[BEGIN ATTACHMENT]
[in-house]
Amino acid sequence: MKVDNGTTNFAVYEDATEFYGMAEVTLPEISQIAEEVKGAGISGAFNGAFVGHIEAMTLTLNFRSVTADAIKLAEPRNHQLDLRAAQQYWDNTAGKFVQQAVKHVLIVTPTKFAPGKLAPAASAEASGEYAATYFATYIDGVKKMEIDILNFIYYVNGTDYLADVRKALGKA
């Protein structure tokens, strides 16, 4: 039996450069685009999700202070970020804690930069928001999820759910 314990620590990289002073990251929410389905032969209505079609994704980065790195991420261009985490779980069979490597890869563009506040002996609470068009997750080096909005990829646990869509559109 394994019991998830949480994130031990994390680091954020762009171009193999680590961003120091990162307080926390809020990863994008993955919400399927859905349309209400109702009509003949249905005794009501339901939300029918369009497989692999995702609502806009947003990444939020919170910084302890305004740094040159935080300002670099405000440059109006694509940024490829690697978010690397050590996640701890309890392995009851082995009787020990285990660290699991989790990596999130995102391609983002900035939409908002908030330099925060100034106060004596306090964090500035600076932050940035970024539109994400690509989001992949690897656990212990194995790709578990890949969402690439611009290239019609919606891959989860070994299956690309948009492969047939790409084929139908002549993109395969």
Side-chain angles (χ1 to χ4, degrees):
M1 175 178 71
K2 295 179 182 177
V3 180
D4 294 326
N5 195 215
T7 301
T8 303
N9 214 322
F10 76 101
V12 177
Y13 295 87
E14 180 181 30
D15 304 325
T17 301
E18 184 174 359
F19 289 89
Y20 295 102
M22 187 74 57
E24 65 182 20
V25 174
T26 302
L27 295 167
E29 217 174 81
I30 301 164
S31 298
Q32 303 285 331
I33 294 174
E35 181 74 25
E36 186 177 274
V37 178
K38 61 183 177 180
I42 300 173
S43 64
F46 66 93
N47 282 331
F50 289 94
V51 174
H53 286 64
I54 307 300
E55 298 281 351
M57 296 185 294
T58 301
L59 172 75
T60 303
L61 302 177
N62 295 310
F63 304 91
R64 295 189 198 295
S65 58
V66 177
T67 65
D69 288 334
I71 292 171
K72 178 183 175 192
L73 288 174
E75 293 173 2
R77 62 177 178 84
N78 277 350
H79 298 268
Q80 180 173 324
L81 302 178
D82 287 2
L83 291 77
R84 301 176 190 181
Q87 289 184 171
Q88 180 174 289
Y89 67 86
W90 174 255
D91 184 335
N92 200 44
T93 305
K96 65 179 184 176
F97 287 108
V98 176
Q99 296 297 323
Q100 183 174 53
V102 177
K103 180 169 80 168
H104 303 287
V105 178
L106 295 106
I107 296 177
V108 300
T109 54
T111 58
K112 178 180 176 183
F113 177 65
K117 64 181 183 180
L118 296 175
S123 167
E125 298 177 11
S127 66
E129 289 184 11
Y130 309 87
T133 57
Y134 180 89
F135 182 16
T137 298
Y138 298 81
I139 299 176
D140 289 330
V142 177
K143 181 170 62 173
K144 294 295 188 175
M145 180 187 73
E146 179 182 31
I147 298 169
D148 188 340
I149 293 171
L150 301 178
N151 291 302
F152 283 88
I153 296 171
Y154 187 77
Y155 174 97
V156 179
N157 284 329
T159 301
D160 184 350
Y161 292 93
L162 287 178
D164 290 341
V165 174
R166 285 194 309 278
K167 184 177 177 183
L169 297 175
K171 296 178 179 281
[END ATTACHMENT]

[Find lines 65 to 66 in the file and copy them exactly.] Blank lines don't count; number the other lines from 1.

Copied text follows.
L81 302 178
D82 287 2